The Château de Machecoul was home to Gilles de Rais (1404 – 1440), a Breton knight, the companion-in-arms of Joan of Arc, and a Marshal of France, but best known as a prolific serial killer of children.
In 1434–35, he retired from military life, dabbled in the occult, and depleted his wealth by staging an extravagant theatrical spectacle of his own composition.
Sometime between spring 1432 and spring 1433, the first child-murder occurred and was followed by similar crimes. The victims may have numbered in the hundreds. After raping the boys he kidnapped, he would slash their throats and masturbate in their blood and innards. T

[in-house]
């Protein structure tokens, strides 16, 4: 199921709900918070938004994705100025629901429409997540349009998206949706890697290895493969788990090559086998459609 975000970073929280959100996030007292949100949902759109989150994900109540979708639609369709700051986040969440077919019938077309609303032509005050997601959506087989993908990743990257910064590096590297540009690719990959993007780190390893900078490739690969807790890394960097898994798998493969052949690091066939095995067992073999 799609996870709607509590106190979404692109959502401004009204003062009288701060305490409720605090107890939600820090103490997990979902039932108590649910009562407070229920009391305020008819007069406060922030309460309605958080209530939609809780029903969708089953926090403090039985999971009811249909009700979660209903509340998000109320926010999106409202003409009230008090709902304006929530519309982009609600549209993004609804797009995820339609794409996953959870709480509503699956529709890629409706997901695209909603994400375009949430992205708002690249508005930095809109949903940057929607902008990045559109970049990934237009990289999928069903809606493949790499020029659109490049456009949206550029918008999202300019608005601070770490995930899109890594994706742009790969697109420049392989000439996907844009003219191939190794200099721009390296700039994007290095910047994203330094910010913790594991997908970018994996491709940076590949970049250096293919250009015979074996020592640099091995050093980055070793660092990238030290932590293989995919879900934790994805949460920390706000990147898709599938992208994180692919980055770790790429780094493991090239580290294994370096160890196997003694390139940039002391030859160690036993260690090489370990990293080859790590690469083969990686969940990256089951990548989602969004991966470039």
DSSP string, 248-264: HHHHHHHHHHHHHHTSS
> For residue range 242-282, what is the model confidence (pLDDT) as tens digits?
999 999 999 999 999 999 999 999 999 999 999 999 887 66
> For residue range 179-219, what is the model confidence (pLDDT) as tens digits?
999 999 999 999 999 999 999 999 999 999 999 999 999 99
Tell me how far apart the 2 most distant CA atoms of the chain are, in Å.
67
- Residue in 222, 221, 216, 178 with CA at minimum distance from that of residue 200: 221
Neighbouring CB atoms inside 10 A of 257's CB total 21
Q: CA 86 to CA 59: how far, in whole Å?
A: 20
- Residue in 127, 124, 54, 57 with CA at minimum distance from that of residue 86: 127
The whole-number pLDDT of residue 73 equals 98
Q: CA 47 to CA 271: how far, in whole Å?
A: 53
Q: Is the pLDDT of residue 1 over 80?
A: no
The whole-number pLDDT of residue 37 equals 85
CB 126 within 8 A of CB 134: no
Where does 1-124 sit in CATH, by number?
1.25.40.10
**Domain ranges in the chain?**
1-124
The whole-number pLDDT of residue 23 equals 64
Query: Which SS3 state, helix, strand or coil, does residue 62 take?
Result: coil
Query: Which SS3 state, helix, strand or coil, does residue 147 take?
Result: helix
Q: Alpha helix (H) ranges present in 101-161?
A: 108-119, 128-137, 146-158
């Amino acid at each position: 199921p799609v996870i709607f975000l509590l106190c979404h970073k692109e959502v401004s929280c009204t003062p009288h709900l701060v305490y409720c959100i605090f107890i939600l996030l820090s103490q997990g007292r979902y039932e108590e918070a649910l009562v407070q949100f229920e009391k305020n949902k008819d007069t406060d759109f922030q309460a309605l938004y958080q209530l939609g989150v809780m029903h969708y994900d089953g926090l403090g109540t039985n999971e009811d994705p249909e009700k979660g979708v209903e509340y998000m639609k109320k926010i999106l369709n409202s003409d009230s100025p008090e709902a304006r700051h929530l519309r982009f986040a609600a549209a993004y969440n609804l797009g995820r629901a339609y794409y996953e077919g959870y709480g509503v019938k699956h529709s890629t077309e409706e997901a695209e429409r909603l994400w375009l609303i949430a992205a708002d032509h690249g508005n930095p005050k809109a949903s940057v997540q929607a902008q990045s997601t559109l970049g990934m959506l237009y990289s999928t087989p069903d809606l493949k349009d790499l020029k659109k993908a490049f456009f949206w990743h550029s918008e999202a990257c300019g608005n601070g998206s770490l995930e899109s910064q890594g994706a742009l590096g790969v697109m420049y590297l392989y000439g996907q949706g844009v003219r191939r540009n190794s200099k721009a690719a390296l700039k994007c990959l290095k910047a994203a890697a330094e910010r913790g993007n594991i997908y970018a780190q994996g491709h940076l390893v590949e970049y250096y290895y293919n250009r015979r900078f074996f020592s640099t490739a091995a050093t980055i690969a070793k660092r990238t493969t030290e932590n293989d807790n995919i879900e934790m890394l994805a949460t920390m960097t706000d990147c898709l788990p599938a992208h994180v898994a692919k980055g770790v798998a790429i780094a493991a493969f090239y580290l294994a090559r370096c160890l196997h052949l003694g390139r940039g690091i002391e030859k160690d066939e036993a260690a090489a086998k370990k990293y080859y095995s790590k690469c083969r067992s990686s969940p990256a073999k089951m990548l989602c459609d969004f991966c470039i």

he court transcripts from his trial state: “when the said children were dead, he kissed them and those who had the most handsome limbs and heads he held up to admire them, and had their bodies cruelly cut open and took delight at the sight of their inner organs; and very often when the children were dying he sat on their stomachs and took pleasure in seeing them die and laughed…”
He was executed by hanging at Nantes on 26 October 1440. Gilles de Rais was the inspiration behind the tale of Bluebeard. All of his crimes took place in the Castle of Machecoul which remains to this day (though in ruins). The victims bodies were stuffed in the walls, dropped down chimneys, and buried around the site.